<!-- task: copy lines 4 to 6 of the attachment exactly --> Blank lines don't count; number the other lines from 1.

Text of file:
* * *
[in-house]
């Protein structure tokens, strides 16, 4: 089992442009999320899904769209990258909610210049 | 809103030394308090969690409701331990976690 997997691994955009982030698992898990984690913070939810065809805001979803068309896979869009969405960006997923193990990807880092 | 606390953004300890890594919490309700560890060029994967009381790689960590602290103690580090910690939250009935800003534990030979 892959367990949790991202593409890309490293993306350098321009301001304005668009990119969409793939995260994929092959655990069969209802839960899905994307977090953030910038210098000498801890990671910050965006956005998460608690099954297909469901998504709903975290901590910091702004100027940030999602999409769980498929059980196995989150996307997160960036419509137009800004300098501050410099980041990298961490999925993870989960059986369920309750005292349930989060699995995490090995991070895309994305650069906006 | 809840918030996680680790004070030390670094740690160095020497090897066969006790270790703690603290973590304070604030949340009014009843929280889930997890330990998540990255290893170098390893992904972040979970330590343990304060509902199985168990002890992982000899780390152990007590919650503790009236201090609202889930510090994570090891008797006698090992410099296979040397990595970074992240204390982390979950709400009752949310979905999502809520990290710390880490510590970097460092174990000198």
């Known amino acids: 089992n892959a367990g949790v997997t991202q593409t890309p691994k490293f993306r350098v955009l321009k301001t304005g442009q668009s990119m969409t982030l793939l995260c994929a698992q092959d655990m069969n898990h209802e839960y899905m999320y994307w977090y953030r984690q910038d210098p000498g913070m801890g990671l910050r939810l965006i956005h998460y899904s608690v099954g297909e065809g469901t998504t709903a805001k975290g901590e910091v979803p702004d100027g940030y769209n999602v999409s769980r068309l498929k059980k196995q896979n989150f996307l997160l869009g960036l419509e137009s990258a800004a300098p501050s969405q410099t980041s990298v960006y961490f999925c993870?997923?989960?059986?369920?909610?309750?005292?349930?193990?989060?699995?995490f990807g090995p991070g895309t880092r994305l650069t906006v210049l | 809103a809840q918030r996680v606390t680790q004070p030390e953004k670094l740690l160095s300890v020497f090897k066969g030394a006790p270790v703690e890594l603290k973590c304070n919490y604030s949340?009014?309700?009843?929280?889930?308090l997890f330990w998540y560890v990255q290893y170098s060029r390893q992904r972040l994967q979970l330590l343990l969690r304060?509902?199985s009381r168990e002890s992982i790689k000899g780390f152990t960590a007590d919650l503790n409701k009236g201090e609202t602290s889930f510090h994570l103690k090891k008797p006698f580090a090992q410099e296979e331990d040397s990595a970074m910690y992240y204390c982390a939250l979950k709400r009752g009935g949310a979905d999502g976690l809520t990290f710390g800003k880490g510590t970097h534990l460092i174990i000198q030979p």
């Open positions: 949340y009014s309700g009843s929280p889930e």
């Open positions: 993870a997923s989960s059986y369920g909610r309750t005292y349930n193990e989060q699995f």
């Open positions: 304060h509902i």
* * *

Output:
């Open positions: 949340y009014s309700g009843s929280p889930e």
């Open positions: 993870a997923s989960s059986y369920g909610r309750t005292y349930n193990e989060q699995f």
């Open positions: 304060h509902i």